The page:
Originally posted elsewhere on 10/15/2010; the post has been somewhat modified here.
Shannon Love published an excellent article entitled, The Left’s Power of Self-Delusion. In it she argues that the left suffers from a profound need to always see itself as being on the correct side of history. In particular the left whitewashes its own history so that its intellectual heroes appear to be always good, always altruistic, and always working toward a more perfect justice. Love explains that this distorted perspective reduces the left’s own writing on its intellectual roots to little more than hagiography.
Among other things, the left sharply takes issue with any suggestion that Germany’s National Socialist Party, the Nazis, shared any of the underpinnings of socialism. The left’s reasoning goes something like:
- Nazis are bad
- Socialists are good, therefore
- Nazis are not socialists
At the first sign that anyone is about to take issue with this position, the left starts chanting “Bush-Hitler” to drown out their opponent’s words.
In Liberal Fascism: The Secret History of the American Left, From Mussolini to the Politics of Change Jonah Goldberg demonstrates the ties between the contemporary left and some of their more unsavory, intellectual predecessors. Since the book’s publication in 2007, Goldberg says that leftists have been unhappy with his characterization of their intellectual history, but rather than attacking the substance of what he’s written, they attack him personally. They may feel ad hominem attacks are all that’s left them because the book cites primary sources substantiating each of Goldberg’s claims.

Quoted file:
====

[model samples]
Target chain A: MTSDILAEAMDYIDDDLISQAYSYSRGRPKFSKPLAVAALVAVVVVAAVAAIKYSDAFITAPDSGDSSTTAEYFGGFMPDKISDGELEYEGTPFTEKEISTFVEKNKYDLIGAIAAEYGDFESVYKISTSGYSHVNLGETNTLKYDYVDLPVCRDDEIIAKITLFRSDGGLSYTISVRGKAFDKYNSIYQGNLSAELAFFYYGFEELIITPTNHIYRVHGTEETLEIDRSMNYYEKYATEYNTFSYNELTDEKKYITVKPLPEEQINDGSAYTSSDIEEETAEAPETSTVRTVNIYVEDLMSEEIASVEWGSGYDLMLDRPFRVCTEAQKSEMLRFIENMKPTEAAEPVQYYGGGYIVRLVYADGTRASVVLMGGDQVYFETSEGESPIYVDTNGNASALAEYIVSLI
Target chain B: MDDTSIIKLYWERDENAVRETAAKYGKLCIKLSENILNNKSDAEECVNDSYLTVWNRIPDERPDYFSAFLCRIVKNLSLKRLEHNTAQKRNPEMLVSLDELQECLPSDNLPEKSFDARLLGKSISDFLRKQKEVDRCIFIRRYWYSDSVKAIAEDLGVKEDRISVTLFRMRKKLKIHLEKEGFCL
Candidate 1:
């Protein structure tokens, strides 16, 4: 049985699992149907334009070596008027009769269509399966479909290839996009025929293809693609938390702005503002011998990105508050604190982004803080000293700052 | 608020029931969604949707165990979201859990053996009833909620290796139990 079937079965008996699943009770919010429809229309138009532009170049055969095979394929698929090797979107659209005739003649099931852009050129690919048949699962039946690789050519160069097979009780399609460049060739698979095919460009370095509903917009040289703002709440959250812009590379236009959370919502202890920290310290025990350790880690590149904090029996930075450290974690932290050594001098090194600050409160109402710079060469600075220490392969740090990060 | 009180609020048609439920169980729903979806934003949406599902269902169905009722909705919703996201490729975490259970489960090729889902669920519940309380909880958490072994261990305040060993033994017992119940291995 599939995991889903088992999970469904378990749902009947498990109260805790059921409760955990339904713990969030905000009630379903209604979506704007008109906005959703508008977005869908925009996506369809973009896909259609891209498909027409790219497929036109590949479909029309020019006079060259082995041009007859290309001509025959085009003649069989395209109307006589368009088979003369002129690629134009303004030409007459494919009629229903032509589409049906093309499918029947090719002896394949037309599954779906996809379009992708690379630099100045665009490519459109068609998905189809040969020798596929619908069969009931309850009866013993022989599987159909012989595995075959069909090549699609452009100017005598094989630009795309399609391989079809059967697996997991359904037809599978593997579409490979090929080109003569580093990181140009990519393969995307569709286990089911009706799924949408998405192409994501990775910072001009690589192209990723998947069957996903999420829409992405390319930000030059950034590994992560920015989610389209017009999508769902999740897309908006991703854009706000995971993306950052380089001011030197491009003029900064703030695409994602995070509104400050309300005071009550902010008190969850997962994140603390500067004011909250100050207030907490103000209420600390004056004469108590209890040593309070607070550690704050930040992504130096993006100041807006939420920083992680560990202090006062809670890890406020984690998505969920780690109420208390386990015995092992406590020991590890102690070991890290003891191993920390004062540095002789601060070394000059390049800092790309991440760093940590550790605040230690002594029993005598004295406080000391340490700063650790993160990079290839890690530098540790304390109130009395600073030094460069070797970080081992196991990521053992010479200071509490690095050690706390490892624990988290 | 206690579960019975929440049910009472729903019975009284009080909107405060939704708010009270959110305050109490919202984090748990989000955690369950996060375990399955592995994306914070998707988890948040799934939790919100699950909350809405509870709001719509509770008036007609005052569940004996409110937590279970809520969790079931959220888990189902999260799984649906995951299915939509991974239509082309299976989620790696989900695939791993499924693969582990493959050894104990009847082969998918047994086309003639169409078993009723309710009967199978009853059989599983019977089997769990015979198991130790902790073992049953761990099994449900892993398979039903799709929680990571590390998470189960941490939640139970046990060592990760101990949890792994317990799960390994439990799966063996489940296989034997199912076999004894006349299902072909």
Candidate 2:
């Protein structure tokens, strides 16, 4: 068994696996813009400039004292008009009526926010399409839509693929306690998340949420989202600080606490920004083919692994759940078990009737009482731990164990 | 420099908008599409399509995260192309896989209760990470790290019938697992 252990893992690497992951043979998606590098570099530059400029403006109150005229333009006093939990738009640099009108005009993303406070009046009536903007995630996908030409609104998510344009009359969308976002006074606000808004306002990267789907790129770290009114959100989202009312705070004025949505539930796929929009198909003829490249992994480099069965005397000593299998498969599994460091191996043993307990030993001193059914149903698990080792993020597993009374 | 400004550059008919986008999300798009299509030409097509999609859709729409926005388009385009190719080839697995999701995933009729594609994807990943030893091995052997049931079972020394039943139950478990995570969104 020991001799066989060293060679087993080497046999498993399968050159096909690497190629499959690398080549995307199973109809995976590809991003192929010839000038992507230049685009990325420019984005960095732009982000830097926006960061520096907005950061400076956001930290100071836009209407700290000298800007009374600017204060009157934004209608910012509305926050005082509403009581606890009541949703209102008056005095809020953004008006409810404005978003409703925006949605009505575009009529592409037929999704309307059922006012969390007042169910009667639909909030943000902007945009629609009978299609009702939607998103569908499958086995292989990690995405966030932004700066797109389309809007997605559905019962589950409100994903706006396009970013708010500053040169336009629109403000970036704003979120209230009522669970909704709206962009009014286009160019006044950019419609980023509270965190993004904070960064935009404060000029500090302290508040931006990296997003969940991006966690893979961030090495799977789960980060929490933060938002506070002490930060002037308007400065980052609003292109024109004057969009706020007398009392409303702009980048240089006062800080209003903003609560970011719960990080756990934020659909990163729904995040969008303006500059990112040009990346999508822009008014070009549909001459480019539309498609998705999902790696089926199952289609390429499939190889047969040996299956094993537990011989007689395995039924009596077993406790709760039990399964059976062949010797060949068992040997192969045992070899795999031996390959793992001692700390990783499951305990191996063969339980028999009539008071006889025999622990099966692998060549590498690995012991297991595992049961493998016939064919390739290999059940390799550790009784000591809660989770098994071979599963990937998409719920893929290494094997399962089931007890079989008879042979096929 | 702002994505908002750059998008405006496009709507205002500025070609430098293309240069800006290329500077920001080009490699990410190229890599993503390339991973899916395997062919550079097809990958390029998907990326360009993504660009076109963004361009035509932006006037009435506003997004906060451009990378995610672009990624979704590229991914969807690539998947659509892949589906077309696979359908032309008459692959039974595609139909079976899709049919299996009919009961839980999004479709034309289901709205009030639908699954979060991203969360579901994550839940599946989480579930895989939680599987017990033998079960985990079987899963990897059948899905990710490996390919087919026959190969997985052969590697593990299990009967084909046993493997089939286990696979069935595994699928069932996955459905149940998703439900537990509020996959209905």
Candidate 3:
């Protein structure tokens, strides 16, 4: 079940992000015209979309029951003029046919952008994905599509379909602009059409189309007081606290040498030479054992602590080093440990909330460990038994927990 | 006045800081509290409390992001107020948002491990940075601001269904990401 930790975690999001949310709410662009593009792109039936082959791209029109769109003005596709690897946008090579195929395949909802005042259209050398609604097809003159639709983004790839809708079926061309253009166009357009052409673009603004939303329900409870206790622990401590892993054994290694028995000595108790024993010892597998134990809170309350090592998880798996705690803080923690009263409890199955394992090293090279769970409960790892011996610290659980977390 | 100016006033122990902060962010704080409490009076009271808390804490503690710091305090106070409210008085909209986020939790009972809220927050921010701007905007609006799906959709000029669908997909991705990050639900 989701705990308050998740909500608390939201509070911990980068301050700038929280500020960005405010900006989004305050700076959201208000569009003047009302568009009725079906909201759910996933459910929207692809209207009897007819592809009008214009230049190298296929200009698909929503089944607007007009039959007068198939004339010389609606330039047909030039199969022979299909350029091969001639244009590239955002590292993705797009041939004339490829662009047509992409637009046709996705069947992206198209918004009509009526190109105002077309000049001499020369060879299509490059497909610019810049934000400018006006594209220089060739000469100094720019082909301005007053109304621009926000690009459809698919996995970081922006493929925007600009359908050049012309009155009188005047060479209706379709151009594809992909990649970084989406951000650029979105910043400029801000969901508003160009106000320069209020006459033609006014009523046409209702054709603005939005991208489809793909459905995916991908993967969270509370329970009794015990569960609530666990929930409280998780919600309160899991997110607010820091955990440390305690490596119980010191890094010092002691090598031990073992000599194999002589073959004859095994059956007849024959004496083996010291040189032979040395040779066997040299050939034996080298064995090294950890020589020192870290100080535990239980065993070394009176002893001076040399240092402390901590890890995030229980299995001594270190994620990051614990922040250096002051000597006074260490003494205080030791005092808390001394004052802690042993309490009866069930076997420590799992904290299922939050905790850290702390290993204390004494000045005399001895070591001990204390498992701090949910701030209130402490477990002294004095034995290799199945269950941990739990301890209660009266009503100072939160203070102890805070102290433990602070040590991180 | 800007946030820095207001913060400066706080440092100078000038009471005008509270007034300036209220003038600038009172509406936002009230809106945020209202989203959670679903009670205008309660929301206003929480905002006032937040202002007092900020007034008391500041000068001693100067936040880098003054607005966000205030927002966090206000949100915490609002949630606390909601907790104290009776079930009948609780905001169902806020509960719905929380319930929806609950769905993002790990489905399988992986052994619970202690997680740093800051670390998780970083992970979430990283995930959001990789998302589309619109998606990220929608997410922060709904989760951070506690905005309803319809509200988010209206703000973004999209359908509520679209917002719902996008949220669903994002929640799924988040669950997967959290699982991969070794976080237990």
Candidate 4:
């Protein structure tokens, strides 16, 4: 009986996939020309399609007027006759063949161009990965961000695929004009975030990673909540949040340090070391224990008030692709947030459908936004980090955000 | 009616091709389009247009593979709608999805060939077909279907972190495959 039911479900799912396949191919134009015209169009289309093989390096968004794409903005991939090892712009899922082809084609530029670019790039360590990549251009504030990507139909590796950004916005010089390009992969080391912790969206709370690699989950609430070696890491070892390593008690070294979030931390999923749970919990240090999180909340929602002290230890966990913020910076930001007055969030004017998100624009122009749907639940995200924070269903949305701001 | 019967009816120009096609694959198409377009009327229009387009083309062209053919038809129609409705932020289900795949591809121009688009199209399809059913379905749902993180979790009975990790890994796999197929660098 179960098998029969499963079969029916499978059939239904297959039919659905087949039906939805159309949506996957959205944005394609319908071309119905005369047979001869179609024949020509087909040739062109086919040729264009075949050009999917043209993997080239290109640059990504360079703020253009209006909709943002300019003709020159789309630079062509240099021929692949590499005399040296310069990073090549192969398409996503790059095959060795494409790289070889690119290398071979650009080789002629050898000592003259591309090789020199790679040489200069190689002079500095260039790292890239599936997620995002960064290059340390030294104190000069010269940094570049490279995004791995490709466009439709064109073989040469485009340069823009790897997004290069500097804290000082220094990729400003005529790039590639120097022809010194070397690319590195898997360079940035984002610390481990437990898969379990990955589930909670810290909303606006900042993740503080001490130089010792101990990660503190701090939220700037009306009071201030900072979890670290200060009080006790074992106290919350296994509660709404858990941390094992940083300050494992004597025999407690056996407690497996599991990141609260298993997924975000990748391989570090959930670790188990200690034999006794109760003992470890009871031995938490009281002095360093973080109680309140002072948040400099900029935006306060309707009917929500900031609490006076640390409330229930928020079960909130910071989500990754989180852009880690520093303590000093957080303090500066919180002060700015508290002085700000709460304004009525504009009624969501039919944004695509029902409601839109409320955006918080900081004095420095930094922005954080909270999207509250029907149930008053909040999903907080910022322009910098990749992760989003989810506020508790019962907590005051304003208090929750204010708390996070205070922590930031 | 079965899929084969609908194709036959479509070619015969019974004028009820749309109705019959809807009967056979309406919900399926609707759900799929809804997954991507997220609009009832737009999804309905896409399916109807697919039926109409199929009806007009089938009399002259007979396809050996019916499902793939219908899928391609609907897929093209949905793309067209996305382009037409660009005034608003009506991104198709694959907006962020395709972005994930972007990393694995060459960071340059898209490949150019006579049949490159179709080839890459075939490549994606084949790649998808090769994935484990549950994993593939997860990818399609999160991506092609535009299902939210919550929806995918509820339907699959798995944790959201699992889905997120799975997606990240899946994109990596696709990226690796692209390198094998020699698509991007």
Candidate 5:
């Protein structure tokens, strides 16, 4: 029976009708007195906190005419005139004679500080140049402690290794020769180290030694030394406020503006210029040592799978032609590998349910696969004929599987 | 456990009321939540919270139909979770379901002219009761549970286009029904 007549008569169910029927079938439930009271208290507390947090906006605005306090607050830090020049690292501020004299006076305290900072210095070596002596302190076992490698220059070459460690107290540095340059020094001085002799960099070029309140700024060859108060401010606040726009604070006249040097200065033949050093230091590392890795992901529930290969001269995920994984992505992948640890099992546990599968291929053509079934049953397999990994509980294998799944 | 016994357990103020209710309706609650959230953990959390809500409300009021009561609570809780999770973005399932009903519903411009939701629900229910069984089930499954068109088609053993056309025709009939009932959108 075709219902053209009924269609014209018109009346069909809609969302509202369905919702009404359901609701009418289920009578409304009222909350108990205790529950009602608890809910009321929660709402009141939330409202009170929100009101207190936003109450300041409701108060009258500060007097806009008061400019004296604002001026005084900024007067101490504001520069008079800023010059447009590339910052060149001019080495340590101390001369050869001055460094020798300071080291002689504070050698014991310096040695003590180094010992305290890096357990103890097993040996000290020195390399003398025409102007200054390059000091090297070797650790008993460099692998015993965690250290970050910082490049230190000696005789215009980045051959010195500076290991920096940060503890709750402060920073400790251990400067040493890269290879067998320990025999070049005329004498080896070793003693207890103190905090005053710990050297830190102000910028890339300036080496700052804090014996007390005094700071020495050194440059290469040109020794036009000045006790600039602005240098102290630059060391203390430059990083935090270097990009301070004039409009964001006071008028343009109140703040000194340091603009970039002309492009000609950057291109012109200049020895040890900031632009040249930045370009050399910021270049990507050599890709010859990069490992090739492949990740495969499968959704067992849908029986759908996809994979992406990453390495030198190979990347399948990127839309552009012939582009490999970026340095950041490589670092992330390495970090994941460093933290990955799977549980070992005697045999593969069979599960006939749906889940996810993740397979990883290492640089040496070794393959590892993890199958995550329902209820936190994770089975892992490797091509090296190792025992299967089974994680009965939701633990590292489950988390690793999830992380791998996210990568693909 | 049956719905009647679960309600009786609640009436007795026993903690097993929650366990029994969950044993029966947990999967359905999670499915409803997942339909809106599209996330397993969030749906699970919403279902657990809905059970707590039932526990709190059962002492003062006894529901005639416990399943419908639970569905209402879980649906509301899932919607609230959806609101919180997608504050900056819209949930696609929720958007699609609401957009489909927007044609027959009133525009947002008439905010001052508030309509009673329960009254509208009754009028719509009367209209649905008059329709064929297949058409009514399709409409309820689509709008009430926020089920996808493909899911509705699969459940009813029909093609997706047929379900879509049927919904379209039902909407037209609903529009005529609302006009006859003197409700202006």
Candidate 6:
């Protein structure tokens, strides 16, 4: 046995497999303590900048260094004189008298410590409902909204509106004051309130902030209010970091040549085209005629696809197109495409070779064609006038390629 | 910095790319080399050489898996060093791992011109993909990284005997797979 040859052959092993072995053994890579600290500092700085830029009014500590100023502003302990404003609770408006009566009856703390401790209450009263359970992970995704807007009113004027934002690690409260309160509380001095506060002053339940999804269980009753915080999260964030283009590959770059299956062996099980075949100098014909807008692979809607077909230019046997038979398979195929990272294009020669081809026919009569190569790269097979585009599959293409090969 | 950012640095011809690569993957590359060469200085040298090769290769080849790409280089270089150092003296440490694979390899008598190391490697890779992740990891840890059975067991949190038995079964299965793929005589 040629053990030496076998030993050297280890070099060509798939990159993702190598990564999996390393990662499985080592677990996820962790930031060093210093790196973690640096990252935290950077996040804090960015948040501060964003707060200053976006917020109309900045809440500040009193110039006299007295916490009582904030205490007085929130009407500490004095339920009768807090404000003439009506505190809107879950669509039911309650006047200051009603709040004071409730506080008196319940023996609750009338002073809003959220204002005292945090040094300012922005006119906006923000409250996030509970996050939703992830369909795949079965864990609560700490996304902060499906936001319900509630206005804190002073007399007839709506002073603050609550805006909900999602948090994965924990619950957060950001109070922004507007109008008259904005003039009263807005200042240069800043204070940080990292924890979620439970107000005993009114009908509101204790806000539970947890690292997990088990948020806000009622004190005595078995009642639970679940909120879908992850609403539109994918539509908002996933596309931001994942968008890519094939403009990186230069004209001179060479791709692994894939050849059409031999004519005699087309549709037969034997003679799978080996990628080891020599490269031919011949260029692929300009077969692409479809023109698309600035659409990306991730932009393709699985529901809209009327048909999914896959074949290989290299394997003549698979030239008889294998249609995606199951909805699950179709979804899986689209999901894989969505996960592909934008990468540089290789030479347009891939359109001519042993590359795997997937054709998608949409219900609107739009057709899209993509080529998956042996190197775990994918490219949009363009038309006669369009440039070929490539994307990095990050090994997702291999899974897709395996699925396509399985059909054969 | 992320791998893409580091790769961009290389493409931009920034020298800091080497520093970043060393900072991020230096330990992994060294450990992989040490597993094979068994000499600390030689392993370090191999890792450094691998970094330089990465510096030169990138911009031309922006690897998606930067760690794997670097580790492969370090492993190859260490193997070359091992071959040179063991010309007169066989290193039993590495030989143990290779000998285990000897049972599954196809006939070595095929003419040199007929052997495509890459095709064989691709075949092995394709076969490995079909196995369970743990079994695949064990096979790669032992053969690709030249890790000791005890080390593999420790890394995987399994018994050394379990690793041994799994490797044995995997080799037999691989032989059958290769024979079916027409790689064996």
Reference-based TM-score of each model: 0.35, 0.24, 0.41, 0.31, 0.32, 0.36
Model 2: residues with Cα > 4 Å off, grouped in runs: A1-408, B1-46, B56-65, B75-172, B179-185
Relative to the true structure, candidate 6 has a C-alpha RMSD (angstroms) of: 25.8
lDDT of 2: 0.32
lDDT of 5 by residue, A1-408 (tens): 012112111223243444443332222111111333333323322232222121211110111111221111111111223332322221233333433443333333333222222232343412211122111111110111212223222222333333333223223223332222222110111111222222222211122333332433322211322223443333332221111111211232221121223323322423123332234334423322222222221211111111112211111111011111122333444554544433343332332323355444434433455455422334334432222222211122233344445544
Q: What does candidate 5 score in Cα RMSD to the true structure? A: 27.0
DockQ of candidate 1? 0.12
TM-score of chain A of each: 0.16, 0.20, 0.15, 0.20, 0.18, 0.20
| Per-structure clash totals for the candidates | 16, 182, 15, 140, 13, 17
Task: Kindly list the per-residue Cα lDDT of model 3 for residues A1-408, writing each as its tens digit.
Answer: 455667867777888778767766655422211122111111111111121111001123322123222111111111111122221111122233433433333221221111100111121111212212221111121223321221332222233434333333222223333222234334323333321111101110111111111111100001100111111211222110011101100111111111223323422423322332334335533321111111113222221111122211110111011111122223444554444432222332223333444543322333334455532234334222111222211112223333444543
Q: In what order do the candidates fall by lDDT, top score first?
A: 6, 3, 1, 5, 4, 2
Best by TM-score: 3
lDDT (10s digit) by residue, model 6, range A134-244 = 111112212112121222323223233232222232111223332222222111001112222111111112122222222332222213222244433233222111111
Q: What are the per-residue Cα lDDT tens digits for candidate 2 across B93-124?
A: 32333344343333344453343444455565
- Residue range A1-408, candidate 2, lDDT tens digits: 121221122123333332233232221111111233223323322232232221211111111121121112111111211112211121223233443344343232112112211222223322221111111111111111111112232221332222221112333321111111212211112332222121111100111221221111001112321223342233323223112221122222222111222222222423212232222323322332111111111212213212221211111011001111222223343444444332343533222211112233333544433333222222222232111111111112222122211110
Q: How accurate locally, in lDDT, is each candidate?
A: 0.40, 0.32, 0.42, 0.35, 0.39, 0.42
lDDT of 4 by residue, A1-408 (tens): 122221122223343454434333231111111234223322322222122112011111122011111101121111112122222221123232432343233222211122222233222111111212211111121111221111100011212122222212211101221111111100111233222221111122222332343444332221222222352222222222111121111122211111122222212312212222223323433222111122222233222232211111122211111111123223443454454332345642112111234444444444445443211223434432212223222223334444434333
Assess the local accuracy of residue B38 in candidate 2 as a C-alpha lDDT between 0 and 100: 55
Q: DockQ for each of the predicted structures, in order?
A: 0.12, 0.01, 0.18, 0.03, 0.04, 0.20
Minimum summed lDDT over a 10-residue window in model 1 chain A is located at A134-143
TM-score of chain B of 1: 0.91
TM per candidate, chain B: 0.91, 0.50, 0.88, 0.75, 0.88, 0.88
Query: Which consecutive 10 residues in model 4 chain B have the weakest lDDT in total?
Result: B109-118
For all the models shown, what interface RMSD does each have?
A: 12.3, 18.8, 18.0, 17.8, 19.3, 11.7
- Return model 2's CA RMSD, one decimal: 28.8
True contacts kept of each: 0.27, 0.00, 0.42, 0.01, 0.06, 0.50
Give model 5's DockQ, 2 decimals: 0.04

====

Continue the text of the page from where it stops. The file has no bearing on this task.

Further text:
I just finished reading Friedrich Hayek’s The Road to Serfdom. In case you are unfamiliar with Hayek, he was an Austrian-born, Nobel-prize-winning economist who lived from 1899 through 1992. Hayek witnessed the development of socialism in Germany, and it distressed him greatly that leftists were trying to pretend that socialism and Nazism were unrelated. Throughout his book he points out the intellectual basis uniting the two. In particular he believes that those who clamor for socialism typically don’t understand the degree of authoritarianism and coercion that’s required to make their dreams come true. The economic security that’s the goal of socialism can only be achieved by individuals either surrendering their liberty or having it wrenched from them. Worse yet, the efforts of the government to ensure economic security are ultimately undermined by the inherent inefficiencies of non-capitalistic systems. So in the end people become less free, but not more prosperous.
At the conclusion of Hayek’s book there is an appendix of related documents, and the first such document included is on Nazi-Socialism. In it, Hayek points out the role that Gottfried Feder’s famous 25 points played in Nazism’s intellectual development. The dominant feature of this tract apparently was a fierce hatred of anything related to capitalism. Among other things Feder’s tract denounced:
- individualistic profit seeking
- large-scale enterprise
- joint-stock companies
- department stores
- international finance and loan capital
- the system of charging interest in general
The author goes on to say that Feder was an early ally of Hitler, that Feder’s tract was endorsed by Hitler and became recognized by the by-laws of the National-Socialist party (the Nazis) as the “immutable basis of all its actions”. Although this is just one of the book’s examples, it is pretty clear from this that the Nazis did not see themselves as embracing capitalism, and instead approached economic matters from a statist / collectivist point of view — sort of like Hugo Chavez, darling of today’s left.